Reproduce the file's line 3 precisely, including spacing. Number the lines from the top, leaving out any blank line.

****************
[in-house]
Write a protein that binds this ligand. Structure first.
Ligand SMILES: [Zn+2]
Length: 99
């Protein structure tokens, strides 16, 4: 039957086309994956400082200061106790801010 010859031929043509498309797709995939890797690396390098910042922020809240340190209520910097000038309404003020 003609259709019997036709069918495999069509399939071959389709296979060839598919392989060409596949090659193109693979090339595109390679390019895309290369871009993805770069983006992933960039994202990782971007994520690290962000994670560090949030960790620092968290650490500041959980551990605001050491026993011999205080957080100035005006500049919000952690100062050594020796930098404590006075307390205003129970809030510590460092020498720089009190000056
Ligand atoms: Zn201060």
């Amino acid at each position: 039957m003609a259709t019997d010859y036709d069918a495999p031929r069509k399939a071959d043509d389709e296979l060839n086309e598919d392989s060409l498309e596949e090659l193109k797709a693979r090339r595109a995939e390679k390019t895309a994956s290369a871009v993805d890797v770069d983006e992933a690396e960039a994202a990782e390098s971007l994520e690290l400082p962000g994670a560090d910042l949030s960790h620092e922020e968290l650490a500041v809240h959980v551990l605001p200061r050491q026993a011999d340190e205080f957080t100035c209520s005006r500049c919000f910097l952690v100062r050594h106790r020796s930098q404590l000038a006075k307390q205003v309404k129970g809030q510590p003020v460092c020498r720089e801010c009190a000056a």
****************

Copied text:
Ligand SMILES: [Zn+2]